The association between uric acid levels and different clinical manifestations of coronary artery disease
Uric acid (UA) has been associated with the presence and severity of coronary artery disease. To further assess the role of UA role in coronary artery disease, we investigated UA levels in both healthy asymptomatic middle-aged individuals and in different subgroups of hospitalized patients with suspected or definite myocardial infarction (MI).Patients and methods
The severity of coronary artery calcification (CAC) was examined in asymptomatic individuals (n=1039) using a noncontrast computed tomography scan. Hospitalized patients with suspected acute MI (n=772) were grouped according to troponin I (TnI) concentrations: (i) elevated TnI concentrations (>0.03 µg/l) with subdivision according to the type of MI and other clinical conditions associated with myocardial injury, or (ii) nonelevated TnI concentrations (≤0.03 µg/l).Results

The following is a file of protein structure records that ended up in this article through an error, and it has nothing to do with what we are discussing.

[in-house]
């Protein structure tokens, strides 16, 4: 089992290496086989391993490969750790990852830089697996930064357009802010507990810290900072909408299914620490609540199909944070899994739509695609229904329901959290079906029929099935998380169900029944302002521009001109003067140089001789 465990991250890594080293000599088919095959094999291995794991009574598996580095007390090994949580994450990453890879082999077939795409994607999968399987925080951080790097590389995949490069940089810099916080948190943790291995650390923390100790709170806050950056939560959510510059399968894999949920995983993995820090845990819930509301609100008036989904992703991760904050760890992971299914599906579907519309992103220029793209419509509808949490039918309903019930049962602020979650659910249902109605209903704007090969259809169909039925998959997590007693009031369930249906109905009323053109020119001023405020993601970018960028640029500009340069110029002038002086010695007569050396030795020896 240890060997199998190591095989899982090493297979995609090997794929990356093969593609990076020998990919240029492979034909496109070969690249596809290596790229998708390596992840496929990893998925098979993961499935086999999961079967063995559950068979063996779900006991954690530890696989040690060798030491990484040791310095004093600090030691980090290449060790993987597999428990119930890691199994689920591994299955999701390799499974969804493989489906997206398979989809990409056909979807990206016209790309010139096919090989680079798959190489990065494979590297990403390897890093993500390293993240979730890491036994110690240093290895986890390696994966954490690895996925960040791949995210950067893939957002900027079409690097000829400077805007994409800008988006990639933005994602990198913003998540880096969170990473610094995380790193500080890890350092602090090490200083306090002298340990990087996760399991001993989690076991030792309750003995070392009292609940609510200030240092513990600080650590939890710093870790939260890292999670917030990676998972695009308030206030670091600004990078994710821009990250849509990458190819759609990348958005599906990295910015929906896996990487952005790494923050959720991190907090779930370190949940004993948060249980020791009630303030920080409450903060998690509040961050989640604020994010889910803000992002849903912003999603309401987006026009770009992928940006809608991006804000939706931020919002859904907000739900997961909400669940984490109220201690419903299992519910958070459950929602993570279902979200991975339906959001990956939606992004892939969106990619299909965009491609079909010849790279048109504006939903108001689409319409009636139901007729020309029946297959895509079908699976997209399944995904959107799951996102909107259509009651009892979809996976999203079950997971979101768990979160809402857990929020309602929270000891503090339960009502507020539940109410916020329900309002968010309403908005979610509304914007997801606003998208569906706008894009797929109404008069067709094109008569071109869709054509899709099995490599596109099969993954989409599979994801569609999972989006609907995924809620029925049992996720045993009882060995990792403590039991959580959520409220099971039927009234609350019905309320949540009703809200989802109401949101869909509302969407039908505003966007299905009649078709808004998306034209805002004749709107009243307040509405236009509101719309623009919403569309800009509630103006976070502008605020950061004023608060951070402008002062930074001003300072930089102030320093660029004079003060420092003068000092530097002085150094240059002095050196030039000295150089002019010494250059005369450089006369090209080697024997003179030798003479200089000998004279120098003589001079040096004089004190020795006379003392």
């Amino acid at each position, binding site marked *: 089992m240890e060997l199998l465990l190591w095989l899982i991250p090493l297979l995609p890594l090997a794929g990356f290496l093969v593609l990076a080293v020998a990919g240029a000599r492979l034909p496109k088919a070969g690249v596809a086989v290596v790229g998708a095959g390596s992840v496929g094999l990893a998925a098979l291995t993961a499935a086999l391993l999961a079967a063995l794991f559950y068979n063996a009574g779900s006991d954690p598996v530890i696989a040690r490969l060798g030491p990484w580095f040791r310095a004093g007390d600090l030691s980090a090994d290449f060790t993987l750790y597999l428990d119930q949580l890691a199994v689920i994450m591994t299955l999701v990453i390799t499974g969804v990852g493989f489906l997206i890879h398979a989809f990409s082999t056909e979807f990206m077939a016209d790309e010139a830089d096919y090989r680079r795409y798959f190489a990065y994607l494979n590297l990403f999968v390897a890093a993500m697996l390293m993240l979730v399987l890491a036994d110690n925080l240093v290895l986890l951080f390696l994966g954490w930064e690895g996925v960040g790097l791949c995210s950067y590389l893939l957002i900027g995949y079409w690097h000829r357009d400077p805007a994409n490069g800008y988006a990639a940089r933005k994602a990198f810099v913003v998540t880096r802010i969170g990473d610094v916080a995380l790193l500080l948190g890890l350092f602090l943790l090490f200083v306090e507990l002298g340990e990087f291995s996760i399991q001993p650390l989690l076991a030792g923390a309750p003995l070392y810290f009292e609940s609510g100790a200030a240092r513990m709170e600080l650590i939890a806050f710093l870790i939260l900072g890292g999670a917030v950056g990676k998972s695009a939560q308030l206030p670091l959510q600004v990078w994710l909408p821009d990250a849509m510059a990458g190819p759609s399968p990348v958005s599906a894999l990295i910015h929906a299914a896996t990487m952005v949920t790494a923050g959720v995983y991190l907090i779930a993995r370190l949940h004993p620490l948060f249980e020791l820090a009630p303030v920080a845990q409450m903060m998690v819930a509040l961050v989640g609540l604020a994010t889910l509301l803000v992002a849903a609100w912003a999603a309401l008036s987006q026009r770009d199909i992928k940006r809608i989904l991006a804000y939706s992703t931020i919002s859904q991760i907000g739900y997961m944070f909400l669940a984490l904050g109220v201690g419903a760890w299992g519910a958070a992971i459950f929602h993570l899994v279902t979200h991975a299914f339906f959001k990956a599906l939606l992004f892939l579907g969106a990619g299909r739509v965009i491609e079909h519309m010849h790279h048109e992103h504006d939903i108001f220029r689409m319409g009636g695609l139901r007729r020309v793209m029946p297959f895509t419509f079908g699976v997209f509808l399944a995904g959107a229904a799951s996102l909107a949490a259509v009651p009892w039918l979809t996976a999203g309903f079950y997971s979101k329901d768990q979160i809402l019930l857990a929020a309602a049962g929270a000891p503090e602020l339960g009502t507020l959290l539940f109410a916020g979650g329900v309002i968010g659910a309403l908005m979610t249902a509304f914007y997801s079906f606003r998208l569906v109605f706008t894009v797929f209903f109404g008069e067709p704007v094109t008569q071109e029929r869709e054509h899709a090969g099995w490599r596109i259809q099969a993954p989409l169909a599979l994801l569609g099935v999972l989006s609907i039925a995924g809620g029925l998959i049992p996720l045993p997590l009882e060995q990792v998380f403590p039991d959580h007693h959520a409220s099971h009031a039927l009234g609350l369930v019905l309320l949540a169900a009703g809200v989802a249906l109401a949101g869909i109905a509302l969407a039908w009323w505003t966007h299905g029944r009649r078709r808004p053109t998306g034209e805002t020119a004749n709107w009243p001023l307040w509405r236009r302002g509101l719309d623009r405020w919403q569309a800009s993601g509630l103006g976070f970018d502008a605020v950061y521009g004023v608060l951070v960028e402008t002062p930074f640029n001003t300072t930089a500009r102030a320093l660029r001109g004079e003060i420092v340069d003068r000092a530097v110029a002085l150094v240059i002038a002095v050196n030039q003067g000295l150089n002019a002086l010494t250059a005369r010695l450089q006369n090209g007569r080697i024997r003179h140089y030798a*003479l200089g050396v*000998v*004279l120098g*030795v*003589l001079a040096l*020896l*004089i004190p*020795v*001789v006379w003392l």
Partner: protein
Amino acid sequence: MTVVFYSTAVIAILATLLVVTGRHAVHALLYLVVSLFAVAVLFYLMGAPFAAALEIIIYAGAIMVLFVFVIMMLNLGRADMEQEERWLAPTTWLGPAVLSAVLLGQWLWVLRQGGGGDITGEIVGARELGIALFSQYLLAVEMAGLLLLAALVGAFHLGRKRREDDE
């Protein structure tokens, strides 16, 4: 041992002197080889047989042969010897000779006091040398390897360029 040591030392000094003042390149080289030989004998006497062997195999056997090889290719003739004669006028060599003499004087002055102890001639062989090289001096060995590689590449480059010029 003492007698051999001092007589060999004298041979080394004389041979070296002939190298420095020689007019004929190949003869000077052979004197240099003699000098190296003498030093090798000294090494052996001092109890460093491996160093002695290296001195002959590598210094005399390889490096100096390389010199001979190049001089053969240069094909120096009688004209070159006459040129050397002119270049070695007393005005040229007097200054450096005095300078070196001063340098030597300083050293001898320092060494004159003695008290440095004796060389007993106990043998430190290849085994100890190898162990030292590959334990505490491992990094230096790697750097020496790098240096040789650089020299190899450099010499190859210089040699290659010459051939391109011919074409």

UA was not associated with the severity of CAC in asymptomatic individuals when adjusting for relevant risk factors. Patients with type 2 MI and patients with myocardial injury associated with conditions of myocardial ischemia showed significantly higher UA levels (0.390 mmol/l, P=0.002 and 0.400 mmol/l, P=0.001, respectively) than patients with type 1 MI (0.329 mmol/l), after adjusting for other risk factors.Conclusion
UA was not correlated with the severity of CAC in asymptomatic middle-aged individuals, and patients with type 2 MI or ischemic myocardial injury were shown to have higher UA levels than type 1 MI patients. This observation is concordant with the hypothesis that UA might be involved in the pathophysiological mechanisms leading to an imbalance in the oxygen supply/demand ratio in type 2 MI and ischemic myocardial injury.